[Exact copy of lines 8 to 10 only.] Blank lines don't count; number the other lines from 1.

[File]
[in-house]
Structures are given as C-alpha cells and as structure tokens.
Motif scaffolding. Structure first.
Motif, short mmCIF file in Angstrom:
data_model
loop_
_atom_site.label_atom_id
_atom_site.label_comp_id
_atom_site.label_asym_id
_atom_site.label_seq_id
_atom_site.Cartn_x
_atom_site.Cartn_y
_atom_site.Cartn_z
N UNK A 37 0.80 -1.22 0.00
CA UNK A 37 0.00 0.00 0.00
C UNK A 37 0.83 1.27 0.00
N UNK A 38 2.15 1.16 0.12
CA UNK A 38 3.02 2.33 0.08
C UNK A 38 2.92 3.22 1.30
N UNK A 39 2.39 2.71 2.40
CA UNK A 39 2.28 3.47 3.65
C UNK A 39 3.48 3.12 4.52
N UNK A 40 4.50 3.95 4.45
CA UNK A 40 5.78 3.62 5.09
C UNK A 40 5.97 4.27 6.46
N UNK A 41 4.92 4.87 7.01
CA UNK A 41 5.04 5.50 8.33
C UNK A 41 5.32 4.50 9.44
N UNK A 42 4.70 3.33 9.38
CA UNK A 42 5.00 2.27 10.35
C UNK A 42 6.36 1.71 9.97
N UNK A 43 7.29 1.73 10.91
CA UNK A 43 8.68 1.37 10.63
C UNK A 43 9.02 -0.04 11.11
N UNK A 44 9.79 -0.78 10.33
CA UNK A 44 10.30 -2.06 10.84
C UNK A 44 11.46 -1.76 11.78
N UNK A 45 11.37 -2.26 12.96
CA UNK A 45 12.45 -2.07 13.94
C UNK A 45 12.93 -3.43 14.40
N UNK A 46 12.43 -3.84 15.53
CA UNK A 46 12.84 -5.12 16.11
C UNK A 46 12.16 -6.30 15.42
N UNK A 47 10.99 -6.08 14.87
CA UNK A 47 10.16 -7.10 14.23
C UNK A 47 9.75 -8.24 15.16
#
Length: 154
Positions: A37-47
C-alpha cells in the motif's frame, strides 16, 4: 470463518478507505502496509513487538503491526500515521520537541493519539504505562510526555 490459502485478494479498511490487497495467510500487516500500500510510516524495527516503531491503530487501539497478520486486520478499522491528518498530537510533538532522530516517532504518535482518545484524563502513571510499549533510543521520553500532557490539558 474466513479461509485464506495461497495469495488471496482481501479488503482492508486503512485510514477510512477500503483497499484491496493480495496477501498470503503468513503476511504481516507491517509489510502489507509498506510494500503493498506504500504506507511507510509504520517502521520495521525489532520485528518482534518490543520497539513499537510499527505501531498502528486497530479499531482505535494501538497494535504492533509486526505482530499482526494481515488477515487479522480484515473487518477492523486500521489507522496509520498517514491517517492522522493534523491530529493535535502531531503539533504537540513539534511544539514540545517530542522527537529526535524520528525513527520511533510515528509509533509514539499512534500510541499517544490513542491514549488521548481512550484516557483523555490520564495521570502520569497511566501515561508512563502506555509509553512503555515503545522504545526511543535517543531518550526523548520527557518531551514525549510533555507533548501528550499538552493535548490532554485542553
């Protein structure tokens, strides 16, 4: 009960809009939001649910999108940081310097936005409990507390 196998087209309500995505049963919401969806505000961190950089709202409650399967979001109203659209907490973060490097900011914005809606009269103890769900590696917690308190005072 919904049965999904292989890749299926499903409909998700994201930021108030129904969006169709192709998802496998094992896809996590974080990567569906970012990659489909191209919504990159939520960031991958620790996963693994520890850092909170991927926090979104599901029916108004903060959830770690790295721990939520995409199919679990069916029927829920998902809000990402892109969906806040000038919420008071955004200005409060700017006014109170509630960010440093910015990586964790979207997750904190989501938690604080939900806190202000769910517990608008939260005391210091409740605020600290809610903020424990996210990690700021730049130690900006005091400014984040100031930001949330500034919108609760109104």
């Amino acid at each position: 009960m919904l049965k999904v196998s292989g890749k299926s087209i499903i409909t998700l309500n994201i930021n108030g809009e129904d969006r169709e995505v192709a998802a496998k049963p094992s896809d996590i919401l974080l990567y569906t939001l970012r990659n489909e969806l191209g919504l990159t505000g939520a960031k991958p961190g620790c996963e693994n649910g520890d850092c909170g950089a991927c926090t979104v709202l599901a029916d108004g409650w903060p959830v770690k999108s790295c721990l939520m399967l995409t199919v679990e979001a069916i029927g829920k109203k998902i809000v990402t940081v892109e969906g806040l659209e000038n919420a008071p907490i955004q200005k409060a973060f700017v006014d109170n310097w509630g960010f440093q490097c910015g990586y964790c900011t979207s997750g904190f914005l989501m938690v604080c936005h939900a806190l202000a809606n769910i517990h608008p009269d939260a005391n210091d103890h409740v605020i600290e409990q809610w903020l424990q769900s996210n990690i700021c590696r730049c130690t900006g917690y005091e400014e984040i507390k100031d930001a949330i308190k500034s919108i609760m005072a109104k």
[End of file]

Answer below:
_atom_site.label_comp_id
_atom_site.label_asym_id
_atom_site.label_seq_id